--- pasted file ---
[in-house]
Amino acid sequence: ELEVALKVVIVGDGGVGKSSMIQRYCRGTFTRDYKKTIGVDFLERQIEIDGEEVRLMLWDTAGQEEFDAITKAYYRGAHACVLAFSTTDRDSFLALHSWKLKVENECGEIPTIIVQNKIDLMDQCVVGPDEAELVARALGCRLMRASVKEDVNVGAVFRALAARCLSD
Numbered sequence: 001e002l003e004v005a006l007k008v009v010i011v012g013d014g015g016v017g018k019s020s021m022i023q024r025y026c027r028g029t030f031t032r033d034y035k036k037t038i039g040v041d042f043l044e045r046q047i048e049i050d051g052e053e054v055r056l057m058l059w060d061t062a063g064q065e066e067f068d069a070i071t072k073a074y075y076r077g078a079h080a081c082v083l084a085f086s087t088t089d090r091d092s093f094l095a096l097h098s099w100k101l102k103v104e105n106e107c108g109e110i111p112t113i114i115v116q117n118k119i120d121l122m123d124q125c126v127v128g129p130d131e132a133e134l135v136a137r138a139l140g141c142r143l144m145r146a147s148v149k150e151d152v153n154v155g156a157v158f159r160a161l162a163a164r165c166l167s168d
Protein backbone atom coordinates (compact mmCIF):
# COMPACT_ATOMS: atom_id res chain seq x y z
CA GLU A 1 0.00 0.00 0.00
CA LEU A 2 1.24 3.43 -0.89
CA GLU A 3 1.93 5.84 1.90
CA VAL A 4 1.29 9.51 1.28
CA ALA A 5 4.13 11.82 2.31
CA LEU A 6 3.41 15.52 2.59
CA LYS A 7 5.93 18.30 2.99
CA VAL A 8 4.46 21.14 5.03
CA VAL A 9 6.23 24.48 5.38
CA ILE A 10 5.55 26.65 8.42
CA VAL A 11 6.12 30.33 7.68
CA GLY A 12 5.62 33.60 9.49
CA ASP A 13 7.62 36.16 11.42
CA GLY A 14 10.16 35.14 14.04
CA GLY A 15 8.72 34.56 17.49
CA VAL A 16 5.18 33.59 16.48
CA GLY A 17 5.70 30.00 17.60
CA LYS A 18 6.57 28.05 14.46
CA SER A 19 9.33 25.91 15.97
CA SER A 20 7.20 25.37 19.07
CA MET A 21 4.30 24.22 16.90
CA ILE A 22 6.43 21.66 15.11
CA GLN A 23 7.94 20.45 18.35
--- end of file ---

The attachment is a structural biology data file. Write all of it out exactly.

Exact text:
[in-house]
Amino acid sequence: ELEVALKVVIVGDGGVGKSSMIQRYCRGTFTRDYKKTIGVDFLERQIEIDGEEVRLMLWDTAGQEEFDAITKAYYRGAHACVLAFSTTDRDSFLALHSWKLKVENECGEIPTIIVQNKIDLMDQCVVGPDEAELVARALGCRLMRASVKEDVNVGAVFRALAARCLSD
Numbered sequence: 001e002l003e004v005a006l007k008v009v010i011v012g013d014g015g016v017g018k019s020s021m022i023q024r025y026c027r028g029t030f031t032r033d034y035k036k037t038i039g040v041d042f043l044e045r046q047i048e049i050d051g052e053e054v055r056l057m058l059w060d061t062a063g064q065e066e067f068d069a070i071t072k073a074y075y076r077g078a079h080a081c082v083l084a085f086s087t088t089d090r091d092s093f094l095a096l097h098s099w100k101l102k103v104e105n106e107c108g109e110i111p112t113i114i115v116q117n118k119i120d121l122m123d124q125c126v127v128g129p130d131e132a133e134l135v136a137r138a139l140g141c142r143l144m145r146a147s148v149k150e151d152v153n154v155g156a157v158f159r160a161l162a163a164r165c166l167s168d
Protein backbone atom coordinates (compact mmCIF):
# COMPACT_ATOMS: atom_id res chain seq x y z
CA GLU A 1 0.00 0.00 0.00
CA LEU A 2 1.24 3.43 -0.89
CA GLU A 3 1.93 5.84 1.90
CA VAL A 4 1.29 9.51 1.28
CA ALA A 5 4.13 11.82 2.31
CA LEU A 6 3.41 15.52 2.59
CA LYS A 7 5.93 18.30 2.99
CA VAL A 8 4.46 21.14 5.03
CA VAL A 9 6.23 24.48 5.38
CA ILE A 10 5.55 26.65 8.42
CA VAL A 11 6.12 30.33 7.68
CA GLY A 12 5.62 33.60 9.49
CA ASP A 13 7.62 36.16 11.42
CA GLY A 14 10.16 35.14 14.04
CA GLY A 15 8.72 34.56 17.49
CA VAL A 16 5.18 33.59 16.48
CA GLY A 17 5.70 30.00 17.60
CA LYS A 18 6.57 28.05 14.46
CA SER A 19 9.33 25.91 15.97
CA SER A 20 7.20 25.37 19.07
CA MET A 21 4.30 24.22 16.90
CA ILE A 22 6.43 21.66 15.11
CA GLN A 23 7.94 20.45 18.35